In contending there is a genuine issue of fact, plaintiff points to deposition testimony of both plaintiff and defendants which indicate that the shooting was accidental. During the deposition taken for the declaratory judgment action, defendant Barbara Burchette testified as follows:
And as I walked over, I noticed the gun laying there and I just picked the gun up and then I pointed it . . . I just turned around and . . . I pointed it at the floor — and the next thing I knew it went off. . . . When I realized that he [plaintiff] had been shot . . . I got hysterical.
Defendant Timothy Burchette also testified that his wife "did not point the gun at anyone" and that "somehow or another it [the pistol] just went off." In his affidavit, plaintiff also testified that he did not believe he was shot "intentionally."
However, defendants contend plaintiff is collaterally estopped from bringing this negligence action as the trial court already decided in the declaratory judgment action that defendant Barbara Burchette's actions were "expected or intended" and the plaintiff only has a claim for assault and battery which is now barred by the one-year statute of limitations. Collateral estoppel or issue preclusion is to be applied when the following requirements are met:
(1) The issues to be concluded must be the same as those involved in the prior action; (2) in the prior action, the issues must have been raised and actually litigated; (3) the issues must have been material and relevant to the disposition of the prior action; and (4) the determination made of those issues in the prior action must have been necessary and essential to the resulting judgment.
Johnson v. Smith, 97 N.C. App. 450, 452-53, 388 S.E.2d 582, 583-84, disc. review denied, 326 N.C. 596, 393 S.E.2d 878 (1990) ( quoting King v. Grindstaff, 284 N.C. 348, 358, 200 S.E.2d 799, 806 (1973)). The issue in this case and the issue in the declaratory judgment action are distinguishable. The issue in the declaratory judgment action concerned the interpretation of an insurance policy with regard to coverage and focused on whether the actions of defendant Barbara Burchette were "expected or intended." In determining whether the injury was "expected or intended," the trial court looked to "the resulting injury, not merely the volitional act, which must be intended for the exclusion to apply." N.C. Farm Bureau Mut. Ins. Co. v. Stox, 330 N.C. 697, 703-04, 412 S.E.2d 318, 322 (1992). Thus, a determination that the act was "expected or intended" does not preclude a claim that the injury resulted from an act of negligence on the part of defendant Barbara Burchette.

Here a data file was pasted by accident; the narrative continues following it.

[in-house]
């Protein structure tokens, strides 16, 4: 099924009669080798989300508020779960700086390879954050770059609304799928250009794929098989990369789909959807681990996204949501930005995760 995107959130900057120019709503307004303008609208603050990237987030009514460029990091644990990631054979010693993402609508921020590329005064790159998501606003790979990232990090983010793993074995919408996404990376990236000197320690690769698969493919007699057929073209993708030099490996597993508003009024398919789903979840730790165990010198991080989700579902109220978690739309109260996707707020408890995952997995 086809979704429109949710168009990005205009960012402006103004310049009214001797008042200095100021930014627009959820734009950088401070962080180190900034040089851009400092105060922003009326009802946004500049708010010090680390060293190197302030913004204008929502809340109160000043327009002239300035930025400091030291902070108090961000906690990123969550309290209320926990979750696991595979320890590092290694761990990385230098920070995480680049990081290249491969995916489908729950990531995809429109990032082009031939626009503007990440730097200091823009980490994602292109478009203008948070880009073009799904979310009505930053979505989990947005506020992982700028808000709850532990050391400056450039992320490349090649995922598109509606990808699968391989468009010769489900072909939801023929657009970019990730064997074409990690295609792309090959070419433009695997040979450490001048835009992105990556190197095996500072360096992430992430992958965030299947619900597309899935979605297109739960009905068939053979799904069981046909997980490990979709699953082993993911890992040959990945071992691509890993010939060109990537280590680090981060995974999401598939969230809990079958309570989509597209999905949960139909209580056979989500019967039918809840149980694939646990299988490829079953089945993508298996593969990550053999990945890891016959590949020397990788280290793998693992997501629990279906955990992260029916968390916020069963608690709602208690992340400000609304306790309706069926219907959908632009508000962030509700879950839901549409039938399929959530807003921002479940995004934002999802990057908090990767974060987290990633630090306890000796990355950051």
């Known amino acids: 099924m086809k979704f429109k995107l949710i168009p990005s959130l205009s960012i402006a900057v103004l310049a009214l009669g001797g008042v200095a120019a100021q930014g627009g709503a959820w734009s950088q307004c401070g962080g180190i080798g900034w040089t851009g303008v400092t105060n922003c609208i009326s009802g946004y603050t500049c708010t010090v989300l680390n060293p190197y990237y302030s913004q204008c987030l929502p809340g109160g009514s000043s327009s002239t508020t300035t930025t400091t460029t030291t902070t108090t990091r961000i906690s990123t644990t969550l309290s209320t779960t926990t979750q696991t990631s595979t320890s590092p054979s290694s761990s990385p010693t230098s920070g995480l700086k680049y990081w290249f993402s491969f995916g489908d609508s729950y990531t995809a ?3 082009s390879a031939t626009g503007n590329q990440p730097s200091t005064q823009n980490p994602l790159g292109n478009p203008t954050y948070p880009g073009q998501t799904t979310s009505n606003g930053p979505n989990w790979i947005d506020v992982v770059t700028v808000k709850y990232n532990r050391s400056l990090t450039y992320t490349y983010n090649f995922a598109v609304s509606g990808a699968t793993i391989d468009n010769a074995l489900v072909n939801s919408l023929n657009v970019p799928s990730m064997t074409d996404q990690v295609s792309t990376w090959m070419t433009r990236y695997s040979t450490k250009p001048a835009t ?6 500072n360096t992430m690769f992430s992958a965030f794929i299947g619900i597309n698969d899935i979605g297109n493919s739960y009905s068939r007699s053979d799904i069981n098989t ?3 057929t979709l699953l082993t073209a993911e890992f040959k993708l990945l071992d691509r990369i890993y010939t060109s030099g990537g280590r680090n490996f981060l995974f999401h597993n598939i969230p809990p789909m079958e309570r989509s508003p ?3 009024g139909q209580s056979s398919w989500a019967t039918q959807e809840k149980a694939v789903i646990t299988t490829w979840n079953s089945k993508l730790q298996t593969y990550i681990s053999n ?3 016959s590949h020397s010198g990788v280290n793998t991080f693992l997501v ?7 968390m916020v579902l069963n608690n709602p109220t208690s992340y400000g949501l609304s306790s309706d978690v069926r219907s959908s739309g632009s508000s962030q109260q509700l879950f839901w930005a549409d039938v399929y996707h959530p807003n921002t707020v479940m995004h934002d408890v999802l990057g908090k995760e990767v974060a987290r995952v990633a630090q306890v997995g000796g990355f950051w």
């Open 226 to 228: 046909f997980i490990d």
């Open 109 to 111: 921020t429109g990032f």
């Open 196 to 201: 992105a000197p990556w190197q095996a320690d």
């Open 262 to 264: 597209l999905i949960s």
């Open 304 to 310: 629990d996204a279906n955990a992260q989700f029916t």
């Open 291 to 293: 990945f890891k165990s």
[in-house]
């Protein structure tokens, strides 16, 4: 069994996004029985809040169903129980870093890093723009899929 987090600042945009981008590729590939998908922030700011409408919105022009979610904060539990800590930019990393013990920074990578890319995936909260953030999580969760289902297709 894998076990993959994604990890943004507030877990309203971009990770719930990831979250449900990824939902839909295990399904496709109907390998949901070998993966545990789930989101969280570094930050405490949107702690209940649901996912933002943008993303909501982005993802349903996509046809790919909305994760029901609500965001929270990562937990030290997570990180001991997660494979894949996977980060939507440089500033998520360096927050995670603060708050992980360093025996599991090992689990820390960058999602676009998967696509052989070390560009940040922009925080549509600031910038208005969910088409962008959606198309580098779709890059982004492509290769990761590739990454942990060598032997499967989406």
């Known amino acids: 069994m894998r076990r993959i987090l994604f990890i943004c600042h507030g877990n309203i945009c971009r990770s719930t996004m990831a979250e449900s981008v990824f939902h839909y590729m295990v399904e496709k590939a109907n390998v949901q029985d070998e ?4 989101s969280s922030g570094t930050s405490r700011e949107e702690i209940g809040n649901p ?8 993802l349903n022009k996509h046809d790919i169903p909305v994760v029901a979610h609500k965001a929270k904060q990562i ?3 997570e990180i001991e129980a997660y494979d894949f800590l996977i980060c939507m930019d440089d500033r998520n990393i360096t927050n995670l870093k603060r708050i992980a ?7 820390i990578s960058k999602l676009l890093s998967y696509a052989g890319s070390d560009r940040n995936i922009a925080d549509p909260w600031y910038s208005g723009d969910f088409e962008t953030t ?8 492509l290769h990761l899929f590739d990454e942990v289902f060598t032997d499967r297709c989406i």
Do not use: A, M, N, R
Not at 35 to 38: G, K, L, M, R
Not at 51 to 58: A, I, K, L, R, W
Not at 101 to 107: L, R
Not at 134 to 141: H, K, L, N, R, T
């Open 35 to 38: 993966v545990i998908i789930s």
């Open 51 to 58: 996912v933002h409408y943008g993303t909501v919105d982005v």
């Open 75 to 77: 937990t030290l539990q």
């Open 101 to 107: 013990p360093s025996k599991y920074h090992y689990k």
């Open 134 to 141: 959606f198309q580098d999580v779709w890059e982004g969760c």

This Court has previously stated, "[t]here are situations where the evidence presented raises questions of both assault and battery and negligence." Vernon v. Barrow, 95 N.C. App. 642, 643, 383 S.E.2d 441, 442 (1989) ( quoting Lail v. Woods, 36 N.C. App. 590, 592, 244 S.E.2d 500, 502, disc. review denied, 295 N.C. 550, 248 S.E.2d 727 (1978)). In Lail, 36 N.C. App. at 591-92, 244 S.E.2d at 501-02, it was determined that only an action for assault and battery was proper since the evidence showed that the injury resulted from the defendant's intentional act of throwing a rock at the plaintiff. In Vernon, 95 N.C. App. at 642, 383 S.E.2d at 441-42, the plaintiff was injured when the defendant pointed a gun toward the floor and one of the bullets ricocheted and hit the plaintiff in the leg. This Court determined that the defendant's conduct in firing the gun gave rise to actions for assault and battery as well as for negligence. Id. at 643, 383 S.E.2d at 443. Thus, the trial court's determination in the declaratory judgment action that defendant Barbara Burchette's actions were "expected or intended" is not controlling in this action and plaintiff is not estopped from asserting a negligence claim. The trial court erred in granting summary judgment for defendants.
Judges McGEE and EDMUNDS concur.